Although we have come so far with tattooing and the acceptance in the workplace and just out in the world in general, culture is always changing. It’s been seen that many people are so quick to get these tattoos because they’re such a popular trend nowadays, however, what happens if they don’t like the same band, they got tattooed on them 5 years from now? Or if they break up with the person whose name, they have tattooed on their heart? I think it’s safe to say that for the unforeseeable future, at least for our generation and next, tattoos will continue to be on the rise. We’re a modern-day society where things are more universally accepted now than ever before.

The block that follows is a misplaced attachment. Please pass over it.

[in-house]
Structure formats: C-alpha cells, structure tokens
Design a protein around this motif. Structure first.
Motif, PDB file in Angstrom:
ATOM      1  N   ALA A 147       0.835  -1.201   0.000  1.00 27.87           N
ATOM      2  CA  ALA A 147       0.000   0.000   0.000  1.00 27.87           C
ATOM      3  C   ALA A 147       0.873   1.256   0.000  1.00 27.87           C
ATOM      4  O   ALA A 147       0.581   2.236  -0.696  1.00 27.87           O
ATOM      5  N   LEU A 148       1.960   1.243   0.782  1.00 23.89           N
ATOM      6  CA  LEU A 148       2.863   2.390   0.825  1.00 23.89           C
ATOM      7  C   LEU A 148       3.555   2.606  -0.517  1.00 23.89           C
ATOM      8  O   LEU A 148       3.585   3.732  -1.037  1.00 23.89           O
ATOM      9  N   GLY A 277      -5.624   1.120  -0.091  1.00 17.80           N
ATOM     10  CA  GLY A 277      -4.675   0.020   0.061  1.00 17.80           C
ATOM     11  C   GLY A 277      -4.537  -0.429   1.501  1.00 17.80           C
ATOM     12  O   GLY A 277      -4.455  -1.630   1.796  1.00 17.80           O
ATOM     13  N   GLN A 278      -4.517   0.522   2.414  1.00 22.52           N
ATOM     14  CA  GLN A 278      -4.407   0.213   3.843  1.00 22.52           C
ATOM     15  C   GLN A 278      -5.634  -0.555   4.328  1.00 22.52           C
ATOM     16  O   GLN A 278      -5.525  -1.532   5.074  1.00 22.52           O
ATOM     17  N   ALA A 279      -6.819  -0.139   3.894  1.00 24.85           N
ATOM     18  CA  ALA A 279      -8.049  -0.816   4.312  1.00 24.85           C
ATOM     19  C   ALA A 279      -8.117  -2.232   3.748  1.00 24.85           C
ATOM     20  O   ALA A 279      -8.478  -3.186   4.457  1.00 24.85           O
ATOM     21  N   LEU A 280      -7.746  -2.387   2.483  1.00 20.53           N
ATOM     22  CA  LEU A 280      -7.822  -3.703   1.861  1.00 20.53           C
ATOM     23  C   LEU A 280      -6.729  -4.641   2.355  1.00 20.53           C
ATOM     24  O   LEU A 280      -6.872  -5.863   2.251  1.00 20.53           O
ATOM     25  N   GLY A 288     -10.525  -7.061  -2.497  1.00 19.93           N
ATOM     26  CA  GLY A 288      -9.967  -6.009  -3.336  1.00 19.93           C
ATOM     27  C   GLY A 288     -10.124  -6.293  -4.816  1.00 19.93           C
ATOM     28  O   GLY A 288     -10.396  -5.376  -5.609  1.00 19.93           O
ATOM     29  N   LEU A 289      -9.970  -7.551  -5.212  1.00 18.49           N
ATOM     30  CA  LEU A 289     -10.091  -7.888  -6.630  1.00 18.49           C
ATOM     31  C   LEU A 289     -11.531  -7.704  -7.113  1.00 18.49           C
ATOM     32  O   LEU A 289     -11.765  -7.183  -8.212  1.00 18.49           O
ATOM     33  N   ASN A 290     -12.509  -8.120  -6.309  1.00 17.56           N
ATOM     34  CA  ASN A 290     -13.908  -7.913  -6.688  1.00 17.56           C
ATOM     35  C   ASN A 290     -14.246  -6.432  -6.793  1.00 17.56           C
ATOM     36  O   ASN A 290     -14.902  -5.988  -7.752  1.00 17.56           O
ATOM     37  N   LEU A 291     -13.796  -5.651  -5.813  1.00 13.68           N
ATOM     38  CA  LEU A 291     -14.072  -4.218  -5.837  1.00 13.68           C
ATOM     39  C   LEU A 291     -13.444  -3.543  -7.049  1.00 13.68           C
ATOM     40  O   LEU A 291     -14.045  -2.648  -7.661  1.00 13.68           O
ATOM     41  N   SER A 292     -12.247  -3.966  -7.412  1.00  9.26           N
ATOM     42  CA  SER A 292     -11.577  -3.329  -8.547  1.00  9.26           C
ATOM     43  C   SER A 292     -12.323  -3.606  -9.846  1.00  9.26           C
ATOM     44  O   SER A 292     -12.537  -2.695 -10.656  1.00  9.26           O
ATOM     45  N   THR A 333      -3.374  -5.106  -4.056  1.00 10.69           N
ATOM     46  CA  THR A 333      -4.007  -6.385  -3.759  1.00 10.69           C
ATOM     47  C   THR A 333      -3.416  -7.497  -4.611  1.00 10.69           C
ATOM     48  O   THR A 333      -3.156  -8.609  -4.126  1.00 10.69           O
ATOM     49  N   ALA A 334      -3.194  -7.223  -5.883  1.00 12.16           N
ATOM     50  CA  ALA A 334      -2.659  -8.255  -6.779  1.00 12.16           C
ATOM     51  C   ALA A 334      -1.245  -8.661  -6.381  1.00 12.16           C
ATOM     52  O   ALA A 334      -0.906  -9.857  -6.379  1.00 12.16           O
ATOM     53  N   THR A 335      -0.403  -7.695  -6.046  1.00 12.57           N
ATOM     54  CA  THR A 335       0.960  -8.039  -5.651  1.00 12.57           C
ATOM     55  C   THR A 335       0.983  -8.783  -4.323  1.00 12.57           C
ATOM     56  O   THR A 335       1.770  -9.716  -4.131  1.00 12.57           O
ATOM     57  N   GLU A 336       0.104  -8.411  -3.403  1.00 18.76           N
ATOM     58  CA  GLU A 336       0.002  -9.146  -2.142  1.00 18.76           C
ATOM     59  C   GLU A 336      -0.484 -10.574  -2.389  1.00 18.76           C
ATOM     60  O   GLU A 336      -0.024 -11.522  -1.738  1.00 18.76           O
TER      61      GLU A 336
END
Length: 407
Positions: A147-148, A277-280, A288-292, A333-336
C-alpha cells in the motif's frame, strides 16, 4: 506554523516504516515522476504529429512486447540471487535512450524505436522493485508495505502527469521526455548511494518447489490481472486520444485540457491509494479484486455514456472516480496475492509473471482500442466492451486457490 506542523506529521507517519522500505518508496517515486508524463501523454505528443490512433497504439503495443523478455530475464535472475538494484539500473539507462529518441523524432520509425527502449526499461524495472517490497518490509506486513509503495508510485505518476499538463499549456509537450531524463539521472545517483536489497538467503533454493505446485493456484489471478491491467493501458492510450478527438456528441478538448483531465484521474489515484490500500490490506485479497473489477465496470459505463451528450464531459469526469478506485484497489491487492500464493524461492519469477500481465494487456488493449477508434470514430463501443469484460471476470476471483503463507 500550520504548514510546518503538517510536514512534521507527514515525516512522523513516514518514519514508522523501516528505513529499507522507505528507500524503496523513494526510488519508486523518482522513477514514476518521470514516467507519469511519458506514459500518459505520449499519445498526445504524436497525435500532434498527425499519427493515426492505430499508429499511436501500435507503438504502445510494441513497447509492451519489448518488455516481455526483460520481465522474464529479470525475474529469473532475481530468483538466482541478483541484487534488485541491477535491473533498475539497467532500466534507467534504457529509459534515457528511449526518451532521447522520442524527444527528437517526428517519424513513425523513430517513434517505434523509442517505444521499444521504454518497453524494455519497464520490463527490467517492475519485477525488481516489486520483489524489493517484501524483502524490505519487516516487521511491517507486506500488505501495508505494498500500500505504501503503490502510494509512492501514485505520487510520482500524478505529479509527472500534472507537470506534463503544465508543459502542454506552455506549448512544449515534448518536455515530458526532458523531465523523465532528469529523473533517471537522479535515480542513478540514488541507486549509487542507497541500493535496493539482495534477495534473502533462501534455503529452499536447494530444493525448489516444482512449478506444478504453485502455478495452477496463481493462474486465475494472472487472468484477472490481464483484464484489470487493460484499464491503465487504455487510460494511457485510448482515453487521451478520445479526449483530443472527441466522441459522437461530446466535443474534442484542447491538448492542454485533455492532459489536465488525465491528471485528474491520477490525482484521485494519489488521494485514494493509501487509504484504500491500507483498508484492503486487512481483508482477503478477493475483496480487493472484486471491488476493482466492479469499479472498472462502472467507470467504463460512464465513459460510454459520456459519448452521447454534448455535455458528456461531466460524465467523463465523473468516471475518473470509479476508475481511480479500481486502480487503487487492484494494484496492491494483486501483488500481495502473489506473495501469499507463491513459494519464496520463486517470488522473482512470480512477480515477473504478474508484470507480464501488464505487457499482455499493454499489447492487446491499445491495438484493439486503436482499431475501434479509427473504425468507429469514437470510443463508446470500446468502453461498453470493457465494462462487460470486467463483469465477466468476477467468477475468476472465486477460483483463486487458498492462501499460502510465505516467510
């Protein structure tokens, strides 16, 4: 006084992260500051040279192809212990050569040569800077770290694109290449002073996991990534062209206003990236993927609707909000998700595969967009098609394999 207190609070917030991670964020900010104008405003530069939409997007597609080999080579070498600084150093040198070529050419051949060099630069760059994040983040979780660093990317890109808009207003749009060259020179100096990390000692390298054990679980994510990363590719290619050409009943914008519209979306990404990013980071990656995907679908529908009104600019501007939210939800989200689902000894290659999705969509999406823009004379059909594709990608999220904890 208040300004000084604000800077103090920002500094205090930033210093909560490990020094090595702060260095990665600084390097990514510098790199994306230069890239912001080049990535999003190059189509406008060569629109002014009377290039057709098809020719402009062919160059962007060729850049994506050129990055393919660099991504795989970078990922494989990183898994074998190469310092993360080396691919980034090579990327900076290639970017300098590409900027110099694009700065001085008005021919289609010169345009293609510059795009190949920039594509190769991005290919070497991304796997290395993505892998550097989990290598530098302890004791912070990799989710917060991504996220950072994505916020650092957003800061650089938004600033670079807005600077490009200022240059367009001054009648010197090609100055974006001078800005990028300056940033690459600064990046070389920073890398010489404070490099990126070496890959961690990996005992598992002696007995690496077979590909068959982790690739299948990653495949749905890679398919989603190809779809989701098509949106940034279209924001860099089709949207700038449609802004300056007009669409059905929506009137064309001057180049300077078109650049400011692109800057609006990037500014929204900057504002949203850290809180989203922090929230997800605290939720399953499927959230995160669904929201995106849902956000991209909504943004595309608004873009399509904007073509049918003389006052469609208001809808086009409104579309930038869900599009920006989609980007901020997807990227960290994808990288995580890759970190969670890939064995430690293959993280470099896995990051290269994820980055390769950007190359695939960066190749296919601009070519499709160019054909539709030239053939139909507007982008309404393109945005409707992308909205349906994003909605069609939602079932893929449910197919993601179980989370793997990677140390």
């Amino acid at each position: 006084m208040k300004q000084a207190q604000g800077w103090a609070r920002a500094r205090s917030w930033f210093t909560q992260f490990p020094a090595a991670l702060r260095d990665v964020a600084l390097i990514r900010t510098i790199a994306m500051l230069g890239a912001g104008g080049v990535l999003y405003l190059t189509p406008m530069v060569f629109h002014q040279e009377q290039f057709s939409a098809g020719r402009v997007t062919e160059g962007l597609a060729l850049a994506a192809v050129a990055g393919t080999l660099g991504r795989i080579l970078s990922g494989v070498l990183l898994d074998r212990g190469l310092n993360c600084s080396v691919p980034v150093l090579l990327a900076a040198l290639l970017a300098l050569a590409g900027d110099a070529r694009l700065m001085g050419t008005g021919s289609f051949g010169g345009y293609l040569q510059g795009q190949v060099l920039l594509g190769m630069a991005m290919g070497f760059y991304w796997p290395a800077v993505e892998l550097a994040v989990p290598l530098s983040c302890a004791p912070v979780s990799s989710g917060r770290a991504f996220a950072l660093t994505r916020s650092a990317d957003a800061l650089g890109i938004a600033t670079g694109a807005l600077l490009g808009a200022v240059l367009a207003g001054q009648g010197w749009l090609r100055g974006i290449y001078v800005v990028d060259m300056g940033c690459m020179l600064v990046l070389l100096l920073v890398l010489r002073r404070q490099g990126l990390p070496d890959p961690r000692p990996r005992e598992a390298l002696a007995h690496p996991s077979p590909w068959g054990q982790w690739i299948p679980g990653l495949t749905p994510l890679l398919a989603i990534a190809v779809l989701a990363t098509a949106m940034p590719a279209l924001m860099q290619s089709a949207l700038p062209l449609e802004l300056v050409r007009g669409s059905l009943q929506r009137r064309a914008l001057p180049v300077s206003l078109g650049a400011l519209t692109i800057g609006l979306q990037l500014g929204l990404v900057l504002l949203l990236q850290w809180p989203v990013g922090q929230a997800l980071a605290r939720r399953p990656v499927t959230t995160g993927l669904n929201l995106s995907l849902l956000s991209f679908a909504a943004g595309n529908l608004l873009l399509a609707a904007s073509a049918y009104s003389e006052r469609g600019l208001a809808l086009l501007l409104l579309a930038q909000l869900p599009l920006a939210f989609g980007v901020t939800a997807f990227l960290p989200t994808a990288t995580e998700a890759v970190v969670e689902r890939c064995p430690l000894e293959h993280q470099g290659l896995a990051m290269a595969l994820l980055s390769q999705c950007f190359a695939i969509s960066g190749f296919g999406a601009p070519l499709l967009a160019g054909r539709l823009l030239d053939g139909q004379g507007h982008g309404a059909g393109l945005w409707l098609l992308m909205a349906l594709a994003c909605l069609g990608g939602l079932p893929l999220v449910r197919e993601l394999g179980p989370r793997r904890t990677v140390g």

People love individuality and being artistic and showing self-expression, it’s liberating. Ben Voyer, from the Washington Post, explains this trend a little better by explaining how tattoos have be demarginalized” and have changed so much. They were once a sign of rebellion to be universally accepted and have been a sign of art and self-expression. Now, they’re a big part of pop culture because they have become so popular and the popularity is still growing. “The widespread popularity of tattoos among all social classes reflects the fact that body art is increasingly seen as a product like any other.” Pop culture will continue to reflect the things most important for most Americans and things we will continue to do in our daily lives and is refreshing to see the world change in a more accepting and nonjudgmental way.